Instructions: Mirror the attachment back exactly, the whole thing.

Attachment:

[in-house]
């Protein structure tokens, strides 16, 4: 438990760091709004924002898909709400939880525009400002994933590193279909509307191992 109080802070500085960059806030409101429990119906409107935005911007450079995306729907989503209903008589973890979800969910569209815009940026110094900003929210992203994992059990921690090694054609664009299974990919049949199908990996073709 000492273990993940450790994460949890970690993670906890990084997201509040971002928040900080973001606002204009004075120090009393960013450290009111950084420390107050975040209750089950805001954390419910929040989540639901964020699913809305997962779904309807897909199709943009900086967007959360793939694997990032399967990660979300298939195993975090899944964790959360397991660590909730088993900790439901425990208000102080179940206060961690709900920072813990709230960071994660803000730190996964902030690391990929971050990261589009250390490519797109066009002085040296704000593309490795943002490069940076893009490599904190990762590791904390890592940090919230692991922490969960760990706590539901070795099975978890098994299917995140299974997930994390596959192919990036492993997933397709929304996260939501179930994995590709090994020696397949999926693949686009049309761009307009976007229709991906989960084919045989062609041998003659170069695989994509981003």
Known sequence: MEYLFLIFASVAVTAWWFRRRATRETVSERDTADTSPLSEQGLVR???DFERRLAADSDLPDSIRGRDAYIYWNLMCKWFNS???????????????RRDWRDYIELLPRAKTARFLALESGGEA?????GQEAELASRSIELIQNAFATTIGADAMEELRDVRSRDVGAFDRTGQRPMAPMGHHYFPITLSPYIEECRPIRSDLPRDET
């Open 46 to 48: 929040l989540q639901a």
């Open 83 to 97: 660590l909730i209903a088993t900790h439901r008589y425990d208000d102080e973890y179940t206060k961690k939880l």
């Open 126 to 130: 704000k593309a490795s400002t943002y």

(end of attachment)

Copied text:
[in-house]
């Protein structure tokens, strides 16, 4: 438990760091709004924002898909709400939880525009400002994933590193279909509307191992 109080802070500085960059806030409101429990119906409107935005911007450079995306729907989503209903008589973890979800969910569209815009940026110094900003929210992203994992059990921690090694054609664009299974990919049949199908990996073709 000492273990993940450790994460949890970690993670906890990084997201509040971002928040900080973001606002204009004075120090009393960013450290009111950084420390107050975040209750089950805001954390419910929040989540639901964020699913809305997962779904309807897909199709943009900086967007959360793939694997990032399967990660979300298939195993975090899944964790959360397991660590909730088993900790439901425990208000102080179940206060961690709900920072813990709230960071994660803000730190996964902030690391990929971050990261589009250390490519797109066009002085040296704000593309490795943002490069940076893009490599904190990762590791904390890592940090919230692991922490969960760990706590539901070795099975978890098994299917995140299974997930994390596959192919990036492993997933397709929304996260939501179930994995590709090994020696397949999926693949686009049309761009307009976007229709991906989960084919045989062609041998003659170069695989994509981003």
Known sequence: MEYLFLIFASVAVTAWWFRRRATRETVSERDTADTSPLSEQGLVR???DFERRLAADSDLPDSIRGRDAYIYWNLMCKWFNS???????????????RRDWRDYIELLPRAKTARFLALESGGEA?????GQEAELASRSIELIQNAFATTIGADAMEELRDVRSRDVGAFDRTGQRPMAPMGHHYFPITLSPYIEECRPIRSDLPRDET
């Open 46 to 48: 929040l989540q639901a």
């Open 83 to 97: 660590l909730i209903a088993t900790h439901r008589y425990d208000d102080e973890y179940t206060k961690k939880l």
């Open 126 to 130: 704000k593309a490795s400002t943002y």